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Wednesday, April 26, 2006

Gambling on AspectJ

Squeezed in with everything else that's going on (the end of one client project and a lot of personal and business travel), I've been working on the start of the code base that will be Tapestry 5.

I think it is going to be a monster. In a good way. More on that later.

Tapestry 5 is targetted at JDK 1.5 and above. That means annotations, and not XML, will be the rule of the day. JDK 1.5 also means the use of Doug Lea's concurrency support, now java.util.concurrent.

Further, this is a chance for me to dip my toes in the Aspect Oriented pool.

I can picture the reaction: "Howard, that's the wrong 'A'! AOP is so ... 2004? Shouldn't you be focused on Ajax?"

However, the AOP support actually aligns nicely with much that I've done with HiveMind, using Javassist. It's been interesting to see the kind of things you can do statically, at build time, using AspectJ and how they compare to what you can do dynamically, at runtime, using HiveMind. Each approach has merit in different circumstances, and I'm trying to find out exactly where the lines of demarkation are.

For example, I've been doing a lot of defensive programming. So I've been creating aspects to help with that. It's been relatively easy to write aspects that inserts null check code into each non-private method. I like the don't accept null, don't return null coding approach, and my aspect allows me to ensure that all my code works that way. Further, for the rare cases where I want to allow null, I can place a @SuppressNullCheck annotation on a class or individual method.

I could do the same thing using HiveMind ... but I'd really be restricted to applying it to HiveMind services, since it would take the form of an interceptor. Tapestry tends to have lots of data and modeling objects in memory, that would benefit from these checks as much, or more so, than the service code. AspectJ is a better fit there.

I'm also doing some interesting work to use annotations to control concurrent read/write access to my classes.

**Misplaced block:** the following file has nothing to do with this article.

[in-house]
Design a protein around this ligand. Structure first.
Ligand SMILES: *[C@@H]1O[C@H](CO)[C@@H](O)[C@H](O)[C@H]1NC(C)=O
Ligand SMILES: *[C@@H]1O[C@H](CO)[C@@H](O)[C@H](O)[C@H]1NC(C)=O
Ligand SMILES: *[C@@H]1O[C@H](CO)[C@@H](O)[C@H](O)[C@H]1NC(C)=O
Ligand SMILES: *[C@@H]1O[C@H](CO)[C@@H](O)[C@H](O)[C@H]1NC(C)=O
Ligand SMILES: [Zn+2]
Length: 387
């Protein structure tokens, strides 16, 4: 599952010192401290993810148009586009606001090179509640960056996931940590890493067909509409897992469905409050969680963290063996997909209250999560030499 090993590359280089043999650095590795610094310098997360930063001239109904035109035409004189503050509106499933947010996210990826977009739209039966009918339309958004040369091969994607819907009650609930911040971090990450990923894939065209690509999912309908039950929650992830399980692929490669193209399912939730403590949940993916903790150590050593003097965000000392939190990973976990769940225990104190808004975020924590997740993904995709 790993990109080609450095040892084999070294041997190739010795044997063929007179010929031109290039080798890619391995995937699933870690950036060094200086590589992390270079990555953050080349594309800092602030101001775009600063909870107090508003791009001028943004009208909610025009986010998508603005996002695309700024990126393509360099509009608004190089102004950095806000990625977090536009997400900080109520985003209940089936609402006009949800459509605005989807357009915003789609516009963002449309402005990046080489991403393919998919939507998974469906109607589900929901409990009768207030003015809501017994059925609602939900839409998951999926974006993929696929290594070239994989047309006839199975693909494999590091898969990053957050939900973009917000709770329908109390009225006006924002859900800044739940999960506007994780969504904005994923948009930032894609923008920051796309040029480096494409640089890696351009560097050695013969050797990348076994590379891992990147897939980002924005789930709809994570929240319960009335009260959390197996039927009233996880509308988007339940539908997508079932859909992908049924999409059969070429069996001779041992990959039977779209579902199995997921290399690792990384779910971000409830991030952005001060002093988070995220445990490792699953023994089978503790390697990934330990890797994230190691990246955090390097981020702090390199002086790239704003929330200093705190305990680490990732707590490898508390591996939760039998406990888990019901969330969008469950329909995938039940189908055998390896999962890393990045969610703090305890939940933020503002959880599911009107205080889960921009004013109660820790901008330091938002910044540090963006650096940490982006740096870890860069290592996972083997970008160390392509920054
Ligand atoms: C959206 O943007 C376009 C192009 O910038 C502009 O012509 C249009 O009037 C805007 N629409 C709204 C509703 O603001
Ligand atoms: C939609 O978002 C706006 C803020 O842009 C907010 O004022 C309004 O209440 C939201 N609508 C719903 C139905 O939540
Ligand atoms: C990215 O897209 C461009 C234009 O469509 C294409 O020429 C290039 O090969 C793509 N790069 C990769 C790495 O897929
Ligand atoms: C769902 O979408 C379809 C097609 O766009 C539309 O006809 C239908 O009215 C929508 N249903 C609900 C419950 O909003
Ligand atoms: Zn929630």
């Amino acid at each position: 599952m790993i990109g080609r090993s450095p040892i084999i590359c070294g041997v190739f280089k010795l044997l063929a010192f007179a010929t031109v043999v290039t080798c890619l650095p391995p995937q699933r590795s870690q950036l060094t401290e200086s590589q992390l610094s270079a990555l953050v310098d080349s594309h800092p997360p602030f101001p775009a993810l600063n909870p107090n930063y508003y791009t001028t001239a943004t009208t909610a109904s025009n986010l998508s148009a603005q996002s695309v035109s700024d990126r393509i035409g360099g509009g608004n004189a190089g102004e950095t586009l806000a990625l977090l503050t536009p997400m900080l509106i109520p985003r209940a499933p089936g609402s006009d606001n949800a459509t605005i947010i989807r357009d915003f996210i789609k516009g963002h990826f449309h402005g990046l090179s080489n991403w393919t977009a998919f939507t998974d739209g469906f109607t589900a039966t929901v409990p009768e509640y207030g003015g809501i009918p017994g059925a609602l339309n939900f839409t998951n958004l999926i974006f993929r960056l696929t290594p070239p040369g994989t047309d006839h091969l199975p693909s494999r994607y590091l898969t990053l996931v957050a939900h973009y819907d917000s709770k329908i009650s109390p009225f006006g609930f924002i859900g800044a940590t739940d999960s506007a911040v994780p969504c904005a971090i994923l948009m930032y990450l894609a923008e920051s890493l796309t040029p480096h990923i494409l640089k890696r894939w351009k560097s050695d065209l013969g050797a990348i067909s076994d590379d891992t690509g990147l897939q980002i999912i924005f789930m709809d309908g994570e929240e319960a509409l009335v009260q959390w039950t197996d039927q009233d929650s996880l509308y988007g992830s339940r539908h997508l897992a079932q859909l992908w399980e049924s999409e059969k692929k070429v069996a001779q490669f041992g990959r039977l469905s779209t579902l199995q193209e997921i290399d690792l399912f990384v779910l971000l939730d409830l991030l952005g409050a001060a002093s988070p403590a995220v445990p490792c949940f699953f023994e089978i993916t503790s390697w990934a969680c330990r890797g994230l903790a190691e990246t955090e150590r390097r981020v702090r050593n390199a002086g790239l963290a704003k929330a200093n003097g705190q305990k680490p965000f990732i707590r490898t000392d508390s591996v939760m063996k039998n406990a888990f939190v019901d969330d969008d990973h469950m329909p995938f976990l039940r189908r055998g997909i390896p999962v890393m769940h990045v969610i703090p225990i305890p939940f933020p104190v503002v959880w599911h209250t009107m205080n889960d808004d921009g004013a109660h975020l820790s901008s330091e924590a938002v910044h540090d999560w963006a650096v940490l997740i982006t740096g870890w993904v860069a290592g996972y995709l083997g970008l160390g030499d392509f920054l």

I'm finding the mix of aspects and annotations to be very powerful. I use type annotations to narrow the set of classes to be affected by the aspect, and use method annotations to include or exclude individual methods. In my case, I have a @Synchronized annotation that indicates a class can have some of its method synchronized, and I have @Synchronized.Read and @Synchronized.Write to control which methods require a read lock, and which require the exclusive write lock.

I'm pretty happy from the point of view of getting more functionality (and, more robust functionality) from less code. Aspects are another approach to doing things that I normally associate with components and layering. The gamble part is how I'll feel once I'm trying debug into and through AspectJ-generated code. It becomes a bit tricky to figure out exactly what's going on once you've let AspectJ work things over.

I've also found that AspectJ really wants to work at the method level, when some of the things I want to do (such as validating individual parameters) are done at the individual parameter level. For example, I'd like to create method advice as the combination of a particular method and a particular non-primitive parameter of that method ... but the best I can do is advise the entire method and recieve all the parameters as an object array (whether they are primitive or not).